Just as its travel business begins to emerge from the pandemic, there are further challenges for its insurance division. We assess prospects.
Full-year results to 31 January
- Revenue up 54% to £581 million
- Underlying profit of £21.5 million, up from a loss of £6.7 million
- Net debt down 2% to £712 million
- No dividend payment
Chief executive Euan Sutherland said:
"Over the past year, through what continued to be a particularly challenging external backdrop, Saga made progress against its strategy while achieving significant revenue growth and returning to underlying profit.
"We also took a number of key steps to reposition the business, consistent with the strategy we set out 12 months ago to create 'The Superbrand' for older people. Our top priorities for the next 12 months are to strengthen our financial position and continue to build Saga into the largest and fastest-growing business for older people in the UK, delivering long-term, sustainable growth for our stakeholders."
Insurance and travel company for the over-50s Saga (LSE:SAGA) today reported a return to underlying profit as demand for its ocean and river cruises recovered strongly from the pandemic.
Profit the year to the end of January, and excluding exceptional items, came in at £21.5 million, up from an adjusted loss of £6.7 million last time, although it was at the lower end of management’s prior forecast range of £20-£30 million.
Saga shares fell by more than 6% in UK trading having come into this latest announcement up by 9% year-to-date. Travel competitor Carnival (LSE:CCL) has gained by close to a quarter so far in 2023, similar to British Airways owner International Consolidated Airlines Group SA (LSE:IAG). Rival insurance provider Direct Line Insurance Group (LSE:DLG) has fallen by over a third year-to-date.
Saga’s motor and home insurance policy sales fell 7% year-over-year as, like rivals, it was forced to increase its premiums to cover rising claims inflation and adjust to new regulatory requirements to treat existing customers the same as new ones.
Longer repair times given supply chain challenges and inflation in the cost of car parts have both proved factors across the industry, pushing up claims inflation. Premiums for existing customers must now be broadly in line with those used to entice new ones.
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Saga’s average margin per policy fell to £71 from the prior year’s £74, with its direct share of new business falling to 49% against 2021’s 59%. Total policies in force declined 3% year-over-year, with growth in travel insurance helping to counter the fall in home and motor demand.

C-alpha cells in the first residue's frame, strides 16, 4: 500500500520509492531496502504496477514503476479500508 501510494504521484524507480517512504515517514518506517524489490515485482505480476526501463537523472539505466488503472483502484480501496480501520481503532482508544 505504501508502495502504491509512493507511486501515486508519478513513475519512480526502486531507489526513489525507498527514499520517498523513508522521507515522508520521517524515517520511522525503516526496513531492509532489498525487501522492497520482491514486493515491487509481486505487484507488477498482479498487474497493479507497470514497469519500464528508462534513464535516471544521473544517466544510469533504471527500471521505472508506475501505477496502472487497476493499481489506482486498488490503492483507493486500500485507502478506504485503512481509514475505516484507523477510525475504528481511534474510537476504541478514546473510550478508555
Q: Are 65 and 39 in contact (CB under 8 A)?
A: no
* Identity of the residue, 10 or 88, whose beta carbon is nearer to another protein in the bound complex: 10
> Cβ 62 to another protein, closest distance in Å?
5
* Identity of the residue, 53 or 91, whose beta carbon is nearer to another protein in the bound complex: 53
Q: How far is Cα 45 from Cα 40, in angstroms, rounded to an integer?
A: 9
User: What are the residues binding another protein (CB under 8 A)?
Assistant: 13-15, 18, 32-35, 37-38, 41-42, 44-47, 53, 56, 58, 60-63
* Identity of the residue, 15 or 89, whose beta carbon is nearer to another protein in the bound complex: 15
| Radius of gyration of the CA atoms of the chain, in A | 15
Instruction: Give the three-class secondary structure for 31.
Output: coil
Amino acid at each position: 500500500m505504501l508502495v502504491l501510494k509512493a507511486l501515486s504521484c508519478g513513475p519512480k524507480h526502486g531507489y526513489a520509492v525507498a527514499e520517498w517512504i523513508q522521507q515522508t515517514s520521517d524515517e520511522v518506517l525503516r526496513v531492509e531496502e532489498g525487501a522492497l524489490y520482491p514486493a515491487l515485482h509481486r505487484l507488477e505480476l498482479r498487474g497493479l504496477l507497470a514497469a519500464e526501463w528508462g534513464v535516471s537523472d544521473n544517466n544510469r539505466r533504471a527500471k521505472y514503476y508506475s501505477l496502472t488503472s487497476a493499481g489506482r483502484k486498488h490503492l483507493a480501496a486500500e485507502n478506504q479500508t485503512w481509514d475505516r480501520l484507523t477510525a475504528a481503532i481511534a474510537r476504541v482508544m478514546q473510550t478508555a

Looking forward, management expects demand for both its cruises and travel/holiday booking business to continue to build. Demand for motor and home insurance is forecast to retreat further, but with the average margin coming in at its previously estimated £60 per policy.
Group net debt fell 2% to £712 million. An overall reported annual loss £254 million was made given the £269 million of insurance related value adjustments taken alongside first-half results, and considering potentially lower divisional future profits.
Saga is a specialist provider of products and services to people aged 50 and over. Revenues over this latest year fell almost evenly between the insurance business and cruises and travel, although an adjusted profit for insurance countered ongoing if smaller losses for cruises and travel. Insurance related activities include broking across the motoring and home arenas as well as a separate underwriting business. Its ocean and river cruise activities are complimented by travel services including tailor-made holidays.
For investors, a difficult backdrop of both economic and geopolitical uncertainty should not be ignored. Group net debt stands at £712 million compared to a current stock market value of under £200 million, no current dividend payment compares to 4% at insurance rival Admiral Group (LSE:ADM), while many factors outside of management’s control such as fuel prices and the weather can hinder its travel related activities.
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More favourably, a recovery in demand from the pandemic for its travel business remains evident, while a possible sale of its insurance underwriting business is being pursued, with any proceeds expected to reduce debt. Group costs remain a focus including a rejig of its office portfolio, while its small money related business reported an adjusted profit, helped by customer interest in both equity release and savings products.
For now, and while an ageing UK population should be positive for Saga, an investment in the company remains speculative given its debt position, with investors potentially awaiting further evidence of recovery before taking action.
- Its targeted demographic – 50 and over – is growing
- Strengthened management team
- Uncertain economic outlook
- Dividend payments remain halted
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